Image for post
Image for post
Photo by Marcin Kempa on Unsplash

Brick-and-mortar retail’s current steady state

The jury is still out on the future of retail. Between digitally native brands, retail-as-a-service, and cashierless checkout, the components are (almost) all there. But a successful future of retail will require a total deconstruction of the brick-and-mortar business model we’re all too familiar with today — a future comprised of a sum of the parts.

Put succinctly, in retail, there are a handful of ecosystems to rework.

At Macy’s, we talked a lot about retail-as-a-service as the future of our business. Three investments highlighted our conviction: Market by Macy’s, STORY and b8ta.

For the purpose of this article, let’s use one as an example, and call it Project…


Image for post
Image for post
Photo by Ricardo Gomez Angel on Unsplash

Brand loyalty has never been more fluid. Where delivery apps command attention, speed and convenience are a brand’s core value add. But remote differentiation might change that.

A typical consumer’s smartphone home screen likely houses DoorDash, Uber Eats, or another of the many food delivery apps. The proliferation of delivery services amounts to a ~$123 billion global market as of 2020, and with 14.2% year-over-year growth, it shows little sign of slowing down.

The battle for home screen space translates into competition for brands on these apps — for eyeballs, for spend, and for loyalty. …


Image for post
Image for post

Contrary to popular belief, time is not the greatest gift you can give someone. Mental capital is.

The term mental capital is not used in venture — it’s exclusively reserved for far corners of psychology and economics. The term was first introduced by economist Lok Sang Ho in his book Principles of Public Policy Practice, but to put it simply, mental capital is the totality of an individual’s cognitive and emotional resources. (Thanks Tom Kirkwood and team for that concise definition.)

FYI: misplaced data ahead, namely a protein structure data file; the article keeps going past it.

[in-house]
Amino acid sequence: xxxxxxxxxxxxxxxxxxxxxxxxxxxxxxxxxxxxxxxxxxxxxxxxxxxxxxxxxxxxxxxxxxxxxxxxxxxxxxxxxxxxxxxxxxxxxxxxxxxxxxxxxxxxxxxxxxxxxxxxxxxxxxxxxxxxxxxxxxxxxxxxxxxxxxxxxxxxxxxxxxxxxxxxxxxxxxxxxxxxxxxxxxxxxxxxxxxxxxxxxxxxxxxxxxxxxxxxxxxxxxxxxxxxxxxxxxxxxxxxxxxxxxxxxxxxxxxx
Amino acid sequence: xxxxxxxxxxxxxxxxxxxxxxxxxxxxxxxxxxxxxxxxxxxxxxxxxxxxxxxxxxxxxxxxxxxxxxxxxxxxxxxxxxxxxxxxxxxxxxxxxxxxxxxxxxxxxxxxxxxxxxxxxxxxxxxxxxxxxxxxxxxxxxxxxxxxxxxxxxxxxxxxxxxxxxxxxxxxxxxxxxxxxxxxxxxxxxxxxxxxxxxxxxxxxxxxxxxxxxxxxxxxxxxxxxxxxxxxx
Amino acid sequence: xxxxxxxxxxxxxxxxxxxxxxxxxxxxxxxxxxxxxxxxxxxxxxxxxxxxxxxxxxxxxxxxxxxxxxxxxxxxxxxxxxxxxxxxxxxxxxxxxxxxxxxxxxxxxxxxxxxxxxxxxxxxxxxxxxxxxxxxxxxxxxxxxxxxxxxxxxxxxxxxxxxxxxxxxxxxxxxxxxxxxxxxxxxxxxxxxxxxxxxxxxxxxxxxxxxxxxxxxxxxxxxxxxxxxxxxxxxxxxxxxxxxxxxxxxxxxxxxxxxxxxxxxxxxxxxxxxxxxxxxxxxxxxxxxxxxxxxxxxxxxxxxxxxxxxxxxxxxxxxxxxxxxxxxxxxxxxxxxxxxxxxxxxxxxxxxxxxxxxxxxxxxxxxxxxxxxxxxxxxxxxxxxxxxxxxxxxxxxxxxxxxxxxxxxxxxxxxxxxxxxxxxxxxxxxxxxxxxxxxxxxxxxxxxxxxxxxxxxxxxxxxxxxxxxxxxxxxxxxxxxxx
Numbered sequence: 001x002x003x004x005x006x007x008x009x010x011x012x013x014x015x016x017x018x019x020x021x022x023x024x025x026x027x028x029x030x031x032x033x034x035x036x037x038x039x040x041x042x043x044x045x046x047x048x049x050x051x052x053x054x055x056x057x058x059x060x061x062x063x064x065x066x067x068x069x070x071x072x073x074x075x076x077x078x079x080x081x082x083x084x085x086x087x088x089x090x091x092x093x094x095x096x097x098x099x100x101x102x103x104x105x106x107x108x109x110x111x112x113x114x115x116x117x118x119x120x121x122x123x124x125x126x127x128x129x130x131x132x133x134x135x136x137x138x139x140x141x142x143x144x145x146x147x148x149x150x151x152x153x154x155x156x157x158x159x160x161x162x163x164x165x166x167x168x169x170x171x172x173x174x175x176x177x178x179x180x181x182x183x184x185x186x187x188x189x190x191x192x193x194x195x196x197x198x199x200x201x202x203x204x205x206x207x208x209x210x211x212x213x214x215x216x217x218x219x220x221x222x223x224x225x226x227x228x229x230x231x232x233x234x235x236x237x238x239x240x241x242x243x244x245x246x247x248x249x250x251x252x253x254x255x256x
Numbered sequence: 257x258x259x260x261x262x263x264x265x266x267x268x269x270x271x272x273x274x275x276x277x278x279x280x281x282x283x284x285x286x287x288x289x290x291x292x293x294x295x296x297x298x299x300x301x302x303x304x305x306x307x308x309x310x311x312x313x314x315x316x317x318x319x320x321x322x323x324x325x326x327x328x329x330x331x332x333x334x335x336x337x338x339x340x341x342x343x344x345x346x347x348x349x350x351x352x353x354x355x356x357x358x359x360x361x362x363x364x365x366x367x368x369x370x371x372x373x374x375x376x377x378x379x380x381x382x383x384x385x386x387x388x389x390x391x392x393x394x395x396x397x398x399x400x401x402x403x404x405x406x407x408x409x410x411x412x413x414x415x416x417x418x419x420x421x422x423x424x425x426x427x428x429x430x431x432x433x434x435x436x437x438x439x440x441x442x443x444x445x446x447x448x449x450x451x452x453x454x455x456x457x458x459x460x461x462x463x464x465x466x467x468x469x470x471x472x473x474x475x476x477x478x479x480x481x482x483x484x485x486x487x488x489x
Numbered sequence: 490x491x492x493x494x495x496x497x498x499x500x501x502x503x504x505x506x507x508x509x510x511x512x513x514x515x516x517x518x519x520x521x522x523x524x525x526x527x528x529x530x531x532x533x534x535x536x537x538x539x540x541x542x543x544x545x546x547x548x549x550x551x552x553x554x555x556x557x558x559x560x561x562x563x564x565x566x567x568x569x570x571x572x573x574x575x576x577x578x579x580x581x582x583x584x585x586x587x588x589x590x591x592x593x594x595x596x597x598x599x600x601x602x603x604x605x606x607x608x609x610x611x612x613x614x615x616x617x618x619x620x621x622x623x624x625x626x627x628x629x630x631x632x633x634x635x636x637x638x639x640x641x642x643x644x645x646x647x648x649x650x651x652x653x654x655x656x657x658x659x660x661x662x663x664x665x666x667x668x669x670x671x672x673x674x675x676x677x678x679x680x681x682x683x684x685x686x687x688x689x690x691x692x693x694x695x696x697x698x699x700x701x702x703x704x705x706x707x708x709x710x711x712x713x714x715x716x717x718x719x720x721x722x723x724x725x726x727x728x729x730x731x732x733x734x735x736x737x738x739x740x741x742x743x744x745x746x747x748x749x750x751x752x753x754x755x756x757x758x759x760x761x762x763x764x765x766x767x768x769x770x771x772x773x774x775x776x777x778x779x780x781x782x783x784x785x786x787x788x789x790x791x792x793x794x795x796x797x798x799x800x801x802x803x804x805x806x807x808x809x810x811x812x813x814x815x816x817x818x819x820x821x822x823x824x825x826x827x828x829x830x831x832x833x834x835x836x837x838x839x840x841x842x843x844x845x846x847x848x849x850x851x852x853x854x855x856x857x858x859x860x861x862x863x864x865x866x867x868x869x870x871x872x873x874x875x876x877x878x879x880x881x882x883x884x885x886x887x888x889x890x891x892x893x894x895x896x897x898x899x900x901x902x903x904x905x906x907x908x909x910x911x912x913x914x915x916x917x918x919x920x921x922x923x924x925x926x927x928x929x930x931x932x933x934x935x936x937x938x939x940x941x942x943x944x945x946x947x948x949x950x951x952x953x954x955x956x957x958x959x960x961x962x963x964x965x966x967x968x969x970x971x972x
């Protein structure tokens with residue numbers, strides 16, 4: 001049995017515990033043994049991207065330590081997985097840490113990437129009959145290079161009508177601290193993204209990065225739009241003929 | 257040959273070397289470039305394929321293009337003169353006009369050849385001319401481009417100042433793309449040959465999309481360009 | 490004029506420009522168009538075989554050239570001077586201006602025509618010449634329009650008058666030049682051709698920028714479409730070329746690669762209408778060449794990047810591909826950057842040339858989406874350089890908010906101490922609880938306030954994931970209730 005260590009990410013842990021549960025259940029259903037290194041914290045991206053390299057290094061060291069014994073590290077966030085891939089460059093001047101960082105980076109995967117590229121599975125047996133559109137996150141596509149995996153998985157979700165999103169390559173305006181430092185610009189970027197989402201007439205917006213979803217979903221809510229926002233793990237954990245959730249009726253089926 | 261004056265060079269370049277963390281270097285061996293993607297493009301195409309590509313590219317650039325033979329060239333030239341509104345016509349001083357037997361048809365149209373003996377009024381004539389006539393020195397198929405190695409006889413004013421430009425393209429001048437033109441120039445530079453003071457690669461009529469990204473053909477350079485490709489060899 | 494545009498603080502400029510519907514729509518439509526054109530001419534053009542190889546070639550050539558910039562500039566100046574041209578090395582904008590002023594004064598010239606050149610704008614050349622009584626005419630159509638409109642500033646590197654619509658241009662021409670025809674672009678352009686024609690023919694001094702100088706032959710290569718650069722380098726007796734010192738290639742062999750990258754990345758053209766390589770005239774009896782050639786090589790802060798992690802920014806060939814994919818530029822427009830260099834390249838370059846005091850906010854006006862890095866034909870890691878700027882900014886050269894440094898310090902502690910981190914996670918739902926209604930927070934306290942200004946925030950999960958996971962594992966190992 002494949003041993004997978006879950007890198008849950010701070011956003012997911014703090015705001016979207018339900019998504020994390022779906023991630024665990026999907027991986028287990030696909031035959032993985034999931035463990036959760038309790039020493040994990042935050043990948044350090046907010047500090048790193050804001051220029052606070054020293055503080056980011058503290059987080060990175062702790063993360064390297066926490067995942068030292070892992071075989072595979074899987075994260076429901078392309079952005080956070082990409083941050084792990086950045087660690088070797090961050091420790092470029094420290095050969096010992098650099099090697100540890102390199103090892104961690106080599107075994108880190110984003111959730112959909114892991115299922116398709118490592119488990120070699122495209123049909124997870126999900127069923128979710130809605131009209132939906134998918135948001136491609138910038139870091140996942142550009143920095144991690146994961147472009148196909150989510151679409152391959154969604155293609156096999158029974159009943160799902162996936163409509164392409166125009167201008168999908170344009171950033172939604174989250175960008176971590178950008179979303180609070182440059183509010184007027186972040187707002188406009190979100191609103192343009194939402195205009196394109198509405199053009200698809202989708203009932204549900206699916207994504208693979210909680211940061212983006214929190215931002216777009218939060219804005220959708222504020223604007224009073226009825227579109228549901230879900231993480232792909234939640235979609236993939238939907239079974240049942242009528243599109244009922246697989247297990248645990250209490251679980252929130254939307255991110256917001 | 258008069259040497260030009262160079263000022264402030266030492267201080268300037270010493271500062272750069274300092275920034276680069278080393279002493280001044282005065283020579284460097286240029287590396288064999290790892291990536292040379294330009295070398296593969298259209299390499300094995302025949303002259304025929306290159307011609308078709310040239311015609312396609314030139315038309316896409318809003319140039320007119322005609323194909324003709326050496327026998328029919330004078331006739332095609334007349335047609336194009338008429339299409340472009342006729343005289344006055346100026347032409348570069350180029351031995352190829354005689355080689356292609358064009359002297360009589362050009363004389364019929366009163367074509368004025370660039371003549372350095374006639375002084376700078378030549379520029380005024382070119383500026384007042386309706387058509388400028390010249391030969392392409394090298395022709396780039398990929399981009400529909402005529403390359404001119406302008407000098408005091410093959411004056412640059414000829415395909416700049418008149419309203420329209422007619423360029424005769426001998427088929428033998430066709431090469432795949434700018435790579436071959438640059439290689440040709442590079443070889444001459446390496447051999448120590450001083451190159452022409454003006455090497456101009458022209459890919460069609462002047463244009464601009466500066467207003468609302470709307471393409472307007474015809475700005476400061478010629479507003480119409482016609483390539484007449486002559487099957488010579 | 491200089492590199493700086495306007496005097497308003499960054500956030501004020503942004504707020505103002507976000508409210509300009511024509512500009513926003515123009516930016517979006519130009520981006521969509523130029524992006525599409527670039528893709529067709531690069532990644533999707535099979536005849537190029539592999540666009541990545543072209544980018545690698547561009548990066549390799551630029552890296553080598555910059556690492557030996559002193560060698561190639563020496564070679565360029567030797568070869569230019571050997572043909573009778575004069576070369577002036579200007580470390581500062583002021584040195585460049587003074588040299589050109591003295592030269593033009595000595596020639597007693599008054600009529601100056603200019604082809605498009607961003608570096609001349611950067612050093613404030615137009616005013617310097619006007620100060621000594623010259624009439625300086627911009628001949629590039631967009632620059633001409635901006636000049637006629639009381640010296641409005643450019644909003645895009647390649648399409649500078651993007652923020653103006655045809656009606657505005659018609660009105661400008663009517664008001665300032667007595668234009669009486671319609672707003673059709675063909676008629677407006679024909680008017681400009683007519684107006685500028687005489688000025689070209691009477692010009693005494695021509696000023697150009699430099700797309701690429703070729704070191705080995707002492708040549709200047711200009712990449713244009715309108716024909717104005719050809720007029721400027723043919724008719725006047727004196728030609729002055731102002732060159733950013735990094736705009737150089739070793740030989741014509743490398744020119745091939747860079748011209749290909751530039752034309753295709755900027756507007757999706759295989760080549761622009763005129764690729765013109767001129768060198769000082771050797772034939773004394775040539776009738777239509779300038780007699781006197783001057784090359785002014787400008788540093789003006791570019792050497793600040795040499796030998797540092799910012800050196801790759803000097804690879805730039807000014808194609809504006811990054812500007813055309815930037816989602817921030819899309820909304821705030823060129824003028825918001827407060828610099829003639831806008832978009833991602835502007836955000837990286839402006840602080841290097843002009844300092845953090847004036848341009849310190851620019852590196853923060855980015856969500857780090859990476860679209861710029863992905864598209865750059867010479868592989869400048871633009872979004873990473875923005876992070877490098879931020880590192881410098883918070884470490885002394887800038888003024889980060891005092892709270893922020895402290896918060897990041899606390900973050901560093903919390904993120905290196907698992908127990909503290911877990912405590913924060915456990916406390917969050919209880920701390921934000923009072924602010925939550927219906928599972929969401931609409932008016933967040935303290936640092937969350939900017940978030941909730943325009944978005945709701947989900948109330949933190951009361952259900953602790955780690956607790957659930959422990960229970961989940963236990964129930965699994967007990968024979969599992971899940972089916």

You’ve heard the endless litany of jargon venture capitalists use to define investment performance: cash-on-cash, IRR, traction. What those words seem to inherently lack, however, is customer-centricity — a deliberate focus on the user of your investment. At the end of the day, the customer is always right, but not every customer is looking for the same thing. The metrics that work for consumer brands don’t necessarily work for software companies, and you can’t always apply healthcare metrics to a fintech startup. …

About

J.P. Bowgen

VC Senior Associate.⁣ Chicago Boothie. ⁣ ⁣Professional wino. Master scuba diver. Recreational foodie. Wannabe country singer.

Get the Medium app

A button that says 'Download on the App Store', and if clicked it will lead you to the iOS App store
A button that says 'Get it on, Google Play', and if clicked it will lead you to the Google Play store